A report has called on the financial sector to do more to encourage investment into the social sector, building on what it said was the UK’s already leading role in the area, including by requiring all pension funds to offer a social investment pension option.
The Taskforce on Social Impact Investment was established during the UK’s presidency of the G8 last year and has now published its findings, suggesting that the UK is building the most attractive environment in the world for ‘impact investors’.
The report stated that the social investment market here is growing by 24 per cent annually, but an additional £1bn of investment may be needed by UK social enterprises and charities by 2016.
It called for key initiatives in six areas to develop the market further, including alongside the call for greater social investments through pensions calls to:
• improve the capacity of social organisations to appropriately use investment to scale their impact, specifically through the creation of a social impact and scaling fund and the expansion of the Investment and Contract Readiness fund;
• promote a new culture of government procurement that encourages innovation and prevention, specifically through launching a hub for prevention and innovation and creating a social prevention and innovation pilots fund;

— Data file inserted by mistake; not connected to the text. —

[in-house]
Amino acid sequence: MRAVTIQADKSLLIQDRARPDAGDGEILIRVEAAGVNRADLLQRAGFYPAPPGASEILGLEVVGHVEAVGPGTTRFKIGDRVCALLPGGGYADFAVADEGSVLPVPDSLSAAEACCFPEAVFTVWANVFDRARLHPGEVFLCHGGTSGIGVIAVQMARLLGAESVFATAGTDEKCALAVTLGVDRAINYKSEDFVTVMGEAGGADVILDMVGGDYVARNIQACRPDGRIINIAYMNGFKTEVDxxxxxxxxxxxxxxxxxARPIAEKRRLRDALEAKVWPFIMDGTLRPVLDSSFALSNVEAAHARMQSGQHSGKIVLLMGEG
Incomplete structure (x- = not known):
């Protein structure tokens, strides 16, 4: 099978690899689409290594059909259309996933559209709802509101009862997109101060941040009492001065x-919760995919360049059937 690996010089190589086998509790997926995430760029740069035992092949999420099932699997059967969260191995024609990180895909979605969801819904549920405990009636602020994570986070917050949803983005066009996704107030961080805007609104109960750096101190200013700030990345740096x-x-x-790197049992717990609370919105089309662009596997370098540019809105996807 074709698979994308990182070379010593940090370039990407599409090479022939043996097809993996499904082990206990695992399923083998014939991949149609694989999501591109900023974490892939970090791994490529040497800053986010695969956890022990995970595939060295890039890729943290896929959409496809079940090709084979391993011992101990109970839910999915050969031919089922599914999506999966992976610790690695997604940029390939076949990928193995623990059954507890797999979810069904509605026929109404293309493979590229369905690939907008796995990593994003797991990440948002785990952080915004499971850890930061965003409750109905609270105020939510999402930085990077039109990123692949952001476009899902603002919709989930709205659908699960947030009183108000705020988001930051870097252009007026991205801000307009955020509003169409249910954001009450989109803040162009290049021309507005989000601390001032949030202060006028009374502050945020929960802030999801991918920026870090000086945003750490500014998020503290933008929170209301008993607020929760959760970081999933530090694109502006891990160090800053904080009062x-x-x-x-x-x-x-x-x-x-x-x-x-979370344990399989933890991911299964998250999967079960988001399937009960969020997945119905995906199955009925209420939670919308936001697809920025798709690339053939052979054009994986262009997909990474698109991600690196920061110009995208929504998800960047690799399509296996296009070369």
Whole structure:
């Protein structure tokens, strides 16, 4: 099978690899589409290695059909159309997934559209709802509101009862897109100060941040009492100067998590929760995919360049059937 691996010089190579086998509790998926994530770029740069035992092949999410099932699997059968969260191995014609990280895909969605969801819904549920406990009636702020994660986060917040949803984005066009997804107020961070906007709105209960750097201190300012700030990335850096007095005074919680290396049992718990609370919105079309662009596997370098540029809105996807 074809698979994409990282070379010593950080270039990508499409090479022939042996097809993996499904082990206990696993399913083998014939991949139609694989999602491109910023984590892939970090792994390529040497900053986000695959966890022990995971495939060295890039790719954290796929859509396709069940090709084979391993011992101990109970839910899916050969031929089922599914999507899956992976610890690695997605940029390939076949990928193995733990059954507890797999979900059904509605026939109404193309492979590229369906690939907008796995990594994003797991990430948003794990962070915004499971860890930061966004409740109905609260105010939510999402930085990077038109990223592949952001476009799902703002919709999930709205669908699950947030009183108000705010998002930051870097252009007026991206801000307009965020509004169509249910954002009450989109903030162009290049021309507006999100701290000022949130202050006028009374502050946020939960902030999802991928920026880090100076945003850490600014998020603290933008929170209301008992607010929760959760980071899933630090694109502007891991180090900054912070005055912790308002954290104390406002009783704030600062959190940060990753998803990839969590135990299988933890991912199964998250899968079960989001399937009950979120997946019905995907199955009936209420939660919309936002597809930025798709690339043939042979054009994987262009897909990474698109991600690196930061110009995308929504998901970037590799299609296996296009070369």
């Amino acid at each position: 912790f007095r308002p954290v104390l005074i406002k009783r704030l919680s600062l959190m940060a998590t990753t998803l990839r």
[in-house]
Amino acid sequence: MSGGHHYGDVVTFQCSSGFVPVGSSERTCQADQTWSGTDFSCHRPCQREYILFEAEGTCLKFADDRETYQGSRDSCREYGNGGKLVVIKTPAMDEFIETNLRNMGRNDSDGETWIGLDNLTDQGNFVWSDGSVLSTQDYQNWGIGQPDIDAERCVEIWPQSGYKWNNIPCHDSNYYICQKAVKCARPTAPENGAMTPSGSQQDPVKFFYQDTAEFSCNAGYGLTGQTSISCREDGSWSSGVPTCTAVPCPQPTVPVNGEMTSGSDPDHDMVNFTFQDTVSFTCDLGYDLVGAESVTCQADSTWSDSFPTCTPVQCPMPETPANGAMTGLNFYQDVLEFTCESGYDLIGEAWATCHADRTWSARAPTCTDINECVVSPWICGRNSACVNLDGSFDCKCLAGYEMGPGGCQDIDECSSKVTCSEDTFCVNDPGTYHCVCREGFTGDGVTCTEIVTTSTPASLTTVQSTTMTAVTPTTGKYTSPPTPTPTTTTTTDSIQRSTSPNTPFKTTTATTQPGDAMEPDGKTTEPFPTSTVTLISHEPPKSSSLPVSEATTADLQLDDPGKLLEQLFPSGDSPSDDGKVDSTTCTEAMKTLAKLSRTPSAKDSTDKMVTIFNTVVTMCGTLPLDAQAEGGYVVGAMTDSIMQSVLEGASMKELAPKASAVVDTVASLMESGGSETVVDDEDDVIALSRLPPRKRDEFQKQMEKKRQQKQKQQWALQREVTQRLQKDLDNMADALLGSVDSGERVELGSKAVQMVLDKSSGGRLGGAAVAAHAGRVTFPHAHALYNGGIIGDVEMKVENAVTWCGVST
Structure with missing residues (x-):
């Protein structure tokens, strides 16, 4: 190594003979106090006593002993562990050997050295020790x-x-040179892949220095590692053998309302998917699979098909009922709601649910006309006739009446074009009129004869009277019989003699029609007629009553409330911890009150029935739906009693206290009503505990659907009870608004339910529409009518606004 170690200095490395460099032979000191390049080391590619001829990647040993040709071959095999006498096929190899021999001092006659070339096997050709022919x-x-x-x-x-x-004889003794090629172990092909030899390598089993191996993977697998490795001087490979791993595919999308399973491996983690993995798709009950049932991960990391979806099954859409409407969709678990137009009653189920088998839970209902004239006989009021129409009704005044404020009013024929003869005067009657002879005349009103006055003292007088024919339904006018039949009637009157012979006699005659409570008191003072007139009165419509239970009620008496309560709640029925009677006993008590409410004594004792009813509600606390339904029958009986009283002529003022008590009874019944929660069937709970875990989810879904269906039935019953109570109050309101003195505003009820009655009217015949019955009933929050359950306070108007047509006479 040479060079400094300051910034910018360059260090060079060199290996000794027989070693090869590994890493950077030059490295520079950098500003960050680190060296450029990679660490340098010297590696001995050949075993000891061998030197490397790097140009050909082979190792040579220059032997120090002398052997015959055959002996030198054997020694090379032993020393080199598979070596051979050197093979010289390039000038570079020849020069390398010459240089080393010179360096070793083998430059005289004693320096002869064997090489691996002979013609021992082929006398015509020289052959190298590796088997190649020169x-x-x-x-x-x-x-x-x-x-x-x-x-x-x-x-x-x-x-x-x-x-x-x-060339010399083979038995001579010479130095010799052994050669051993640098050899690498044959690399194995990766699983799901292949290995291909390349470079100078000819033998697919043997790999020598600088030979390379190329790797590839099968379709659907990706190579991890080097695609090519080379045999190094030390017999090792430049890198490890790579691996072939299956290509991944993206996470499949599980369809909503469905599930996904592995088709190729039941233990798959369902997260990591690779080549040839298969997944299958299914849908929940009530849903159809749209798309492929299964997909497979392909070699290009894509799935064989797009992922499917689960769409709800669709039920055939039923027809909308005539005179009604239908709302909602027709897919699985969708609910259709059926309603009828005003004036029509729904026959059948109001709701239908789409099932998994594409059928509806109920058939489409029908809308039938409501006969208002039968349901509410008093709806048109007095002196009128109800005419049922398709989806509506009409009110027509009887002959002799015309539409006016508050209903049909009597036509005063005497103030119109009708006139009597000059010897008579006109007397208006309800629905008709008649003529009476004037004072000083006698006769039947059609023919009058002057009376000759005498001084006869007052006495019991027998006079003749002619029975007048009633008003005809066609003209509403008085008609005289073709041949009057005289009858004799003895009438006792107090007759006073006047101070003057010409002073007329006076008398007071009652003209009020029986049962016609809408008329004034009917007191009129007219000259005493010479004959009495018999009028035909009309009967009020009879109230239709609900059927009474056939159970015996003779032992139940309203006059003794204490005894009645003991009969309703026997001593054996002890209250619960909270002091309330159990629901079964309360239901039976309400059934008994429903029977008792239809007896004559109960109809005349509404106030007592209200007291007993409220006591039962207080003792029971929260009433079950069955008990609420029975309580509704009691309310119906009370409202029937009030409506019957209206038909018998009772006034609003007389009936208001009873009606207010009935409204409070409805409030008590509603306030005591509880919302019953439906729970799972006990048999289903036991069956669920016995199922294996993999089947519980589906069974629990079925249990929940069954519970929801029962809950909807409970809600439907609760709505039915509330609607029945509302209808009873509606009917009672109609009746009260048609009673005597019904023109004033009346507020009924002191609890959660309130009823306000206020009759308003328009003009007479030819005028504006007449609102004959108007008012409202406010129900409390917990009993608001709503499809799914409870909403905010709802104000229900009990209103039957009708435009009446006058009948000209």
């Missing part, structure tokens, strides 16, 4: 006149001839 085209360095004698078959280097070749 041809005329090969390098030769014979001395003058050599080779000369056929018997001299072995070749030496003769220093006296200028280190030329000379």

• make it easier for businesses delivering social value to be recognised by launching a Social Economy Commission and establishing a Social Performance Certifier;
• provide a combination of grants and investment to intermediaries, by establishing a blended capital facility; and
• encourage greater transparency around lending into deprived communities, particularly from large financial service institutions.
Nick O’Donohoe, chief executive of Big Society Capital and chair of the UK Advisory Board to the Social Investment Taskforce, said: “In the UK there is much more that needs to be done to ensure that charities and social enterprises can access appropriate investment, and to enable more socially-minded investors to enter the market.”
Daniela Barone Soares, chief executive of Impetus-PEF and chair of the working group on building the capacity for impact, recommended much more investment in, and support for, organisations to build ‘outcome-producing’ capabilities, for the good of investors and investees.
Toby Eccles, development director of Social Finance and chair of the working group on recommendations on procurement, said: “If you were to design a model to keep innovation out of government, present procurement practices would be hard to beat.
“Major change is required if we are to move away from a one size fits all approach to services that fit the needs of the people using them rather than the needs of the system.”
FTAdviser’s annual social responsibility investing event is being held in London on 14 October. For information email email@example.com.